The chancellor has warned of a “severe recession the likes of which we haven’t seen” as official figures showed a record rise in unemployment claims.
Rishi Sunak told a parliamentary committee that there was “more hardship to come” after the data showed 856,500 people submitted jobless benefit applications in April as the coronavirus crisis took its toll.
That put the claimant count at its highest level since 1996 at 2.1 million in total, according to the Office for National Statistics – with the monthly increase in the measure the highest ever recorded.
Yet the data only covered the first few weeks of the lockdown and Mr Sunak indicated that despite its “unprecedented” effort to prevent mass unemployment, the government “won’t be able to protect every job and every business”.
Mr Sunak told the Lords Economic Affairs Committee: “We are already seeing that in the data and no doubt there will be more hardship to come.
“We are likely to face a severe recession, the likes of which we haven’t seen and of course, that will have an impact on employment.”
The Treasury is already bankrolling 80% of wages for eight million temporarily laid-off workers under its Job Retention Scheme, at a cost so far of £11bn – expected to rise to a net £50bn, according to the latest official estimate.
The scheme is designed to dissuade business crippled by the lockdown from permanently dismissing employees, with their salaries subsidised by the taxpayer until they can return to work.
But Mr Sunak conceded that it was “not obvious that there will be an immediate bounce-back” and that the “jury is out” on the scale of long-term scarring that the economy is likely to suffer.
The chancellor’s warning came hours after the ONS data – the first illustration by official figures of the impact on jobs since the lockdown was imposed on 23 March.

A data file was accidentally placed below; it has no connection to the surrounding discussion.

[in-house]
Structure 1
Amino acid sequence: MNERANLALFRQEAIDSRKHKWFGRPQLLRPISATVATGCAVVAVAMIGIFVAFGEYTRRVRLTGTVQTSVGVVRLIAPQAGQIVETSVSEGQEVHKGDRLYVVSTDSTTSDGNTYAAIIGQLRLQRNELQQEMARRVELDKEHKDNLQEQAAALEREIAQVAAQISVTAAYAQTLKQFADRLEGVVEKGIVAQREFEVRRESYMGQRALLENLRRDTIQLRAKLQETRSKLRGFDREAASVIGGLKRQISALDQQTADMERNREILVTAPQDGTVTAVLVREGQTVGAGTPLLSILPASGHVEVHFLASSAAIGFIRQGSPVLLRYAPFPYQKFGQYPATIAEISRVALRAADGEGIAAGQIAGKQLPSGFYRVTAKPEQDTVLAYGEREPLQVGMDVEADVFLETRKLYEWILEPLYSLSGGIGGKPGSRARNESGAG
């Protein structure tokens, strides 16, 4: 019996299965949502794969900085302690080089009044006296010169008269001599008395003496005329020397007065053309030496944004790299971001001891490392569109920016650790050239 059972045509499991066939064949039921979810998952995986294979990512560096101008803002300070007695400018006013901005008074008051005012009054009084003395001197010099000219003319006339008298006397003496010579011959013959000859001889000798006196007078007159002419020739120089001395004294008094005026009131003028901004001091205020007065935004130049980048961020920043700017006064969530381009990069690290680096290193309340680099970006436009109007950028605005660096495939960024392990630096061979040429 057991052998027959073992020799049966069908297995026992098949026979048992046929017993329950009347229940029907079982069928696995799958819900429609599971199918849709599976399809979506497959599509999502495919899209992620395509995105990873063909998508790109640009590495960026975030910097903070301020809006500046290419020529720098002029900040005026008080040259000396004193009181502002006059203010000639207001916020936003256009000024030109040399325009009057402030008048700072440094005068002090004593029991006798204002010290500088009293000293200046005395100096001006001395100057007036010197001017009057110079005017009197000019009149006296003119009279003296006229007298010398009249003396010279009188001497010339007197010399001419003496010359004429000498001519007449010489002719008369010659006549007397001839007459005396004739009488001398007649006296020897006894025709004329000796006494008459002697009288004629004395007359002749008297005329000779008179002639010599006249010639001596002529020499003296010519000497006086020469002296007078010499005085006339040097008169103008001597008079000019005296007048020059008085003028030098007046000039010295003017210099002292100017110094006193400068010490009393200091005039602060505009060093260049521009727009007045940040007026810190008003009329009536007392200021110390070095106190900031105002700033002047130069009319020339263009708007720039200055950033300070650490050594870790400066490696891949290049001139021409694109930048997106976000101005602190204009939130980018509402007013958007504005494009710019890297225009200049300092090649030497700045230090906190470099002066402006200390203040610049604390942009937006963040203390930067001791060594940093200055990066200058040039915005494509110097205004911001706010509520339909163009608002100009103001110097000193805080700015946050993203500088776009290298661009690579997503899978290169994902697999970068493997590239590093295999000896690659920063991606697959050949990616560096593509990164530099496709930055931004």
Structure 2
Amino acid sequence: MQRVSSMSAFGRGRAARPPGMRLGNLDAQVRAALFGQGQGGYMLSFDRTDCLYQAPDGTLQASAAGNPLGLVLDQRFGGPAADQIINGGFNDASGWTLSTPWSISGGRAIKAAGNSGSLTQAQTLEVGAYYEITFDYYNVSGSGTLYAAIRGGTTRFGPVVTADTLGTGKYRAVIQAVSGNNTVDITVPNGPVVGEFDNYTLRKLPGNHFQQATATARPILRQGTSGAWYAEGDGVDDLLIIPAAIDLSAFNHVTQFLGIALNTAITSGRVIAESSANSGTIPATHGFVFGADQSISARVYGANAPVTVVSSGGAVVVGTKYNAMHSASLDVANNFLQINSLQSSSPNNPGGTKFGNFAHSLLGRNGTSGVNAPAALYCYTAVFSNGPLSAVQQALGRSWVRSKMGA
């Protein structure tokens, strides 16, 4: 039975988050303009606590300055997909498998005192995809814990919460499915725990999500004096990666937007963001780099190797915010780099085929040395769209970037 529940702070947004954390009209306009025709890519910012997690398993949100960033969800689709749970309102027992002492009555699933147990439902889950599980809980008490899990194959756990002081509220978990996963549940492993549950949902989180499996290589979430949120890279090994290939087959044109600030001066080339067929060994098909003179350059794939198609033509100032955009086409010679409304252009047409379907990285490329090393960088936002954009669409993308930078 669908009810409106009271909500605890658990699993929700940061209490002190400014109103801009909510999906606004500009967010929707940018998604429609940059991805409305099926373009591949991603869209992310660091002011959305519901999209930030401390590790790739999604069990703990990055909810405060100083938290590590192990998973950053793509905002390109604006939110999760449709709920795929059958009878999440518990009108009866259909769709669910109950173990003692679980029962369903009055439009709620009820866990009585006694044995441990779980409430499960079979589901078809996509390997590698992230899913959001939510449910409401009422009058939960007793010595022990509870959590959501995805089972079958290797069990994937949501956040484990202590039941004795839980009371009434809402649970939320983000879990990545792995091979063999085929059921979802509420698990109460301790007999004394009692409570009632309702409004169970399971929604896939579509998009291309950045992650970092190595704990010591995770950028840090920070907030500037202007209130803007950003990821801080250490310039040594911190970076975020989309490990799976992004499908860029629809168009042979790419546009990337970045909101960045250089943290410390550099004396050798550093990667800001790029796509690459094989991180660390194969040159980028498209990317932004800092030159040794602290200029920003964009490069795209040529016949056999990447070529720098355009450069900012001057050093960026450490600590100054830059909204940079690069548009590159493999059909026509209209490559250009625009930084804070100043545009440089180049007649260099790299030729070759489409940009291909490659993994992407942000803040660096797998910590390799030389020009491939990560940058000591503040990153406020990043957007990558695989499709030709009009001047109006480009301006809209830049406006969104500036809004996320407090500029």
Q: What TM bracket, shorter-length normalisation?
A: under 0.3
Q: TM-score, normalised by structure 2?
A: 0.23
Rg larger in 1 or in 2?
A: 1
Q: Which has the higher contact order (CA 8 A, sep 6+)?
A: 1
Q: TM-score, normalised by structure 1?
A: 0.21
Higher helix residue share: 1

The report’s headline figures showed an increase in unemployment by 50,000 to 1.35 million over the three months to March, while the unemployment rate actually slipped back from 4% to 3.9%.
But separate data for April revealed the stark claimant count numbers, illustrating what is likely to be just the start of the wave of joblessness caused by the pandemic.
The ONS also released “experimental” figures, collated with HM Revenue and Customs (HMRC), showing the number of UK paid employees fell by 1.6% in April compared with March.
That equates to around 450,000 workers.
Figures also indicated that average pay growth in April turned negative – with a 0.9% decline compared to the same month a year ago.
Jonathan Athow, ONS deputy national statistician for economic statistics, said: “While only covering the first weeks of restrictions, our figures show COVID-19 is having a major impact on the labour market.
“In March employment held up well, as furloughed workers still count as employed, but hours worked fell sharply in late March, especially in sectors such as hospitality and construction.
“Through April, though, there were signs of falling employment as real-time tax data show the number of employees on companies’ payrolls fell noticeably, and vacancies were sharply down too, with hospitality again falling steepest.”
Hours later, the Treasury published latest figures on its furlough scheme while also disclosing that £22bn had been disbursed under its separate support schemes for stricken companies.
Included was lending under the Bounce Back scheme for small firms which had topped £14bn, it was disclosed, up from £8.4bn in the previous week.
The Treasury also confirmed it was expanding the Coronavirus Large Business Interruption Loan Scheme (CLBILS) to enable larger firms to access up to £200m from next week – up from £50m.
Despite the support the Office for Budget Responsibility has warned that unemployment could surge to 10% in the second quarter of the year.
Labour said the latest claimant figures showed that the government’s support schemes had fallen short.
Shadow work and pensions secretary Jonathan Reynolds said: “Unfortunately these claimants will now discover the UK has one of the weakest out-of-work safety nets in the developed world.
“We support the changes the government has made so far during the outbreak, but they do not match the scale of the crisis.”